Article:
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11.05.2012 Crime & Punishment

Government asked to promote human rights of alleged witches

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Tamale, May 11, GNA – Naa Chief Alhassan Issahaku Amadu, Northern Regional Population Officer, has appealed to the government to ensure judicious application and enforcement of laws that guarantee freedoms and rights of alleged witches.

He said the judicious application as well as enforcement of the laws would ensure persons accused of witchcraft would not be subjected to dehumanizing treatment.

Naa Chief Amadu made the call at a day's capacity building workshop in Tamale on Thursday organized by Grassroots Sisterhood Foundation (GSF) and Network for Women's Rights in Ghana (NETRIGHT), both NGO's and attended by members of Anti-Witchcraft Allegation Campaign Coalition (AWACC), which is a grouping of some civil society organizations.

The workshop was to assess the gender impact on allegations of witchcraft in northern Ghana and come out with a communiqué for authorities to address the situation.

It was under the theme: “Protecting Women against Witchcraft Allegation is a Civil Responsibility: Witchcraft Allegation is Criminal.”

Naa Chief Amadu said it was not enough to pass good laws which would remain in the statute books without enforcement whilst human rights of innocent people were being abused.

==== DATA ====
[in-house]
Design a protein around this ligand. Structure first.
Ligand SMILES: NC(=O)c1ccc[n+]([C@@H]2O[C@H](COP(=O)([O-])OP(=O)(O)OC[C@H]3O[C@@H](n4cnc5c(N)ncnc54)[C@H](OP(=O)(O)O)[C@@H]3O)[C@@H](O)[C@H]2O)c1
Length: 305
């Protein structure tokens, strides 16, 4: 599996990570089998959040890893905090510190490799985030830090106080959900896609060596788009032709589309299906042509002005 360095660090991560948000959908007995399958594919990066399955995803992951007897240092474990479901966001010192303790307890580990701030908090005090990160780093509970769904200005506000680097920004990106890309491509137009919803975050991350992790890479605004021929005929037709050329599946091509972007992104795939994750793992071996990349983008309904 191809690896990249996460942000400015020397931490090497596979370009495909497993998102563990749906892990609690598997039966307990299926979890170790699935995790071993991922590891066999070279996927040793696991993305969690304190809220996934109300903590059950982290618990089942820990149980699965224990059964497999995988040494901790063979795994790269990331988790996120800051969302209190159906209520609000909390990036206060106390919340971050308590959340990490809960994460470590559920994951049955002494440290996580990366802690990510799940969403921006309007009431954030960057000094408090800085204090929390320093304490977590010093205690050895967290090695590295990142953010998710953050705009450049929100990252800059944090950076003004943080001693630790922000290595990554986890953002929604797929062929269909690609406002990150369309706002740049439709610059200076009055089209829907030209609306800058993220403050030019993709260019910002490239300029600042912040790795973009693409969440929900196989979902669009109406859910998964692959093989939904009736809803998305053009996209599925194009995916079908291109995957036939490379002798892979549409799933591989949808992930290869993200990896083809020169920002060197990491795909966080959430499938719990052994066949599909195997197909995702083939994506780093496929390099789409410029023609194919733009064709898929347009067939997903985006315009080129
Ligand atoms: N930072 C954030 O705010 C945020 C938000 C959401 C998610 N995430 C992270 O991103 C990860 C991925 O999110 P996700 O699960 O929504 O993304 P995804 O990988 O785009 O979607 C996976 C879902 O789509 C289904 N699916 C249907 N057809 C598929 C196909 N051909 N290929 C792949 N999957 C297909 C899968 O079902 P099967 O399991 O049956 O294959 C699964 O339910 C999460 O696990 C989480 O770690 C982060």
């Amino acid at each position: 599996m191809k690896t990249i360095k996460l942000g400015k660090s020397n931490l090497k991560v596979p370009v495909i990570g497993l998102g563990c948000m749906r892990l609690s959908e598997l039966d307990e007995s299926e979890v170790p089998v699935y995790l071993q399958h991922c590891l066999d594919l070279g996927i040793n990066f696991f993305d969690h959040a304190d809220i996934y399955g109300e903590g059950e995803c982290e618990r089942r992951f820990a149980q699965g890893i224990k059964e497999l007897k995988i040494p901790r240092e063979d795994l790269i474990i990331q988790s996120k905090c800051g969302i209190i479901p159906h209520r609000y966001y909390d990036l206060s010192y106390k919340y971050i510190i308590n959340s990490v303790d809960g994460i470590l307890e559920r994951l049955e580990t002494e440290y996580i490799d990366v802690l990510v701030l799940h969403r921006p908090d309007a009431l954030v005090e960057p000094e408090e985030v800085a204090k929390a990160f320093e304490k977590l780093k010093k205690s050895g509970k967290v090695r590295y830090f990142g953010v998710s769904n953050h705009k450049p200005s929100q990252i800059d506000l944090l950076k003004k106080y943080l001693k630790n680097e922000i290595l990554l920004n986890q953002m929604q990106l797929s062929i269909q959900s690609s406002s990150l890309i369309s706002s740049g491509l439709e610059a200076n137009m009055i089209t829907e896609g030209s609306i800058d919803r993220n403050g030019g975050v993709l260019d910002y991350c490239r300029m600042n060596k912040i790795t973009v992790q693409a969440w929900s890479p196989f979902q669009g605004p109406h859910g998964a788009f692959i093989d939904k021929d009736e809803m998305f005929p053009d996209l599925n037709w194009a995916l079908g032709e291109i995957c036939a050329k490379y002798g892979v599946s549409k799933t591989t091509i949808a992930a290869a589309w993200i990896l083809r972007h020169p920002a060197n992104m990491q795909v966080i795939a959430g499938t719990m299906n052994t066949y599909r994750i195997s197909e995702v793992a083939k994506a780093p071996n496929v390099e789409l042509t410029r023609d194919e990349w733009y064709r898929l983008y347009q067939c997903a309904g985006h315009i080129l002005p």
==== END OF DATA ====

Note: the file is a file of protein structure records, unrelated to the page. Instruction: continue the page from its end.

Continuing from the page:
Article 26(2) of the 1992 Constitution states that “All customary practices which dehumanize or are injurious to the physical and mental well-being of a person are prohibited”.

Ghana is also a signatory to a number of international conventions and protocols which detest violence against women.

However, the allegation or accusation of witchcraft practice of elderly women in some communities in the Northern Region renders such laws, conventions and protocols almost invalid as the alleged victims are subjected to all manner of dehumanizing treatments such as beatings, trial by ordeal, banishment and confinement to secluded places referred to as witches camps.

Naa Chief Amadu said the practice arose because of the human nature of women, adding that apart from the enforcement of the laws, women must be

assertive and empowered to seek legal redress.
He called for education of especially the youth, who are at the fore-front of launching attacks on alleged witches, to stop the practice and safeguard the rights of innocent elderly women.

In a presentation titled:”Human Rights Perspective of Witchcraft Accusations,” Mr Adam Baani, Northern Regional Anti-Corruption Focal Person of the Commission on Human Rights and Administrative Justice (CHRAJ) said “If possible government should pass a law so that all cases on witchcraft accusations pursued at the courts are fee free”.

Mr Baani said this would encourage victims, who were mostly poor, to come out and seek legal redress.

Assistant Superintendent of Police Emmanuel Holotu, the Northern Regional Commander of the Domestic Victims and Violence Support Unit of the Ghana Police Service, appealed to communities especially where witchcraft accusations existed to show appreciation for cultures and stop the practice of torturing elderly women for alleged witchcraft practice.

Madam Fati Alhassan, Executive Director of GSF, called on communities to stop lynching victims of alleged witchcraft practice.


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